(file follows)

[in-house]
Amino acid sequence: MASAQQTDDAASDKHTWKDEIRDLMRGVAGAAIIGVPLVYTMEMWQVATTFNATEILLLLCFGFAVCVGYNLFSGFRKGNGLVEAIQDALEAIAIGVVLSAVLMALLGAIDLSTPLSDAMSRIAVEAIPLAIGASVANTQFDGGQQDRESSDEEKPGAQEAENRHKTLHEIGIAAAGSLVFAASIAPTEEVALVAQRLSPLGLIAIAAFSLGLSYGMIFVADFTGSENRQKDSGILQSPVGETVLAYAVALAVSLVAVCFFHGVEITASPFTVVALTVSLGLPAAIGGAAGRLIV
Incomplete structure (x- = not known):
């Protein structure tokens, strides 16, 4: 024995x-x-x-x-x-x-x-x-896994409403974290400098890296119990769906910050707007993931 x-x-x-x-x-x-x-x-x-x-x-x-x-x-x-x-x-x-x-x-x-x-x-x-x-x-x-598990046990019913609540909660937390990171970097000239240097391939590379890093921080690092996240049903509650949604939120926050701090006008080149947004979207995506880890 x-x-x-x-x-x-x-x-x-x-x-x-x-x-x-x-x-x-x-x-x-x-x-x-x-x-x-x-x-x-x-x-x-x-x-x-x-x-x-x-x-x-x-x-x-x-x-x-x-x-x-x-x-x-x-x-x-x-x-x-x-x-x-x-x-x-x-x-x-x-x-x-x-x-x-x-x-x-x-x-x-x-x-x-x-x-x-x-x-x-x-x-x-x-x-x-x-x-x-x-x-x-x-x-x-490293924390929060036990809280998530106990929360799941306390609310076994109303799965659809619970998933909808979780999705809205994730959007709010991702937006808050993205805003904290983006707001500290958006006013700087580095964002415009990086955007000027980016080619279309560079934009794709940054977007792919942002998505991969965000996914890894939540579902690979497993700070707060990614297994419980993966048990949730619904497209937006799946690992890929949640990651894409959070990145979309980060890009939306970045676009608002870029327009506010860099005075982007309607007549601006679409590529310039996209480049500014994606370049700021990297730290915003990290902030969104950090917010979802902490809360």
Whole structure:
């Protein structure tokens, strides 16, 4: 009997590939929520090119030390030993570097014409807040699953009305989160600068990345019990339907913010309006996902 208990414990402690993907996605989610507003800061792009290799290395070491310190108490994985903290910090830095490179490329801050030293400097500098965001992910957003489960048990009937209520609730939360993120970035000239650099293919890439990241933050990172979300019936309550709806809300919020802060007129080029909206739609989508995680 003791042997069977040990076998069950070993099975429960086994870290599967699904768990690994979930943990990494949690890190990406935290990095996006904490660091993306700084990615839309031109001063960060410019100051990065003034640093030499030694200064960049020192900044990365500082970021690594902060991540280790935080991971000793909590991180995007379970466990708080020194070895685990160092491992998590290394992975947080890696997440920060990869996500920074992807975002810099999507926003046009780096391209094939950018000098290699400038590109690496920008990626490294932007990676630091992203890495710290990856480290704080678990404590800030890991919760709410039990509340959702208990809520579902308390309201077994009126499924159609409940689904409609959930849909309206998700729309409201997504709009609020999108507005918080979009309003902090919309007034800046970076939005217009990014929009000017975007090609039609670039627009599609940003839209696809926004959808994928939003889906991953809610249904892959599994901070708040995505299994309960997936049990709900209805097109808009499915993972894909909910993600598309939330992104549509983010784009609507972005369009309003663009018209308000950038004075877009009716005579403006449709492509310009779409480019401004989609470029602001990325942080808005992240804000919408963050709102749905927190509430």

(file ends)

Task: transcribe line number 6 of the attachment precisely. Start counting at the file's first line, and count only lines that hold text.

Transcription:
């Protein structure tokens, strides 16, 4: 009997590939929520090119030390030993570097014409807040699953009305989160600068990345019990339907913010309006996902 208990414990402690993907996605989610507003800061792009290799290395070491310190108490994985903290910090830095490179490329801050030293400097500098965001992910957003489960048990009937209520609730939360993120970035000239650099293919890439990241933050990172979300019936309550709806809300919020802060007129080029909206739609989508995680 003791042997069977040990076998069950070993099975429960086994870290599967699904768990690994979930943990990494949690890190990406935290990095996006904490660091993306700084990615839309031109001063960060410019100051990065003034640093030499030694200064960049020192900044990365500082970021690594902060991540280790935080991971000793909590991180995007379970466990708080020194070895685990160092491992998590290394992975947080890696997440920060990869996500920074992807975002810099999507926003046009780096391209094939950018000098290699400038590109690496920008990626490294932007990676630091992203890495710290990856480290704080678990404590800030890991919760709410039990509340959702208990809520579902308390309201077994009126499924159609409940689904409609959930849909309206998700729309409201997504709009609020999108507005918080979009309003902090919309007034800046970076939005217009990014929009000017975007090609039609670039627009599609940003839209696809926004959808994928939003889906991953809610249904892959599994901070708040995505299994309960997936049990709900209805097109808009499915993972894909909910993600598309939330992104549509983010784009609507972005369009309003663009018209308000950038004075877009009716005579403006449709492509310009779409480019401004989609470029602001990325942080808005992240804000919408963050709102749905927190509430």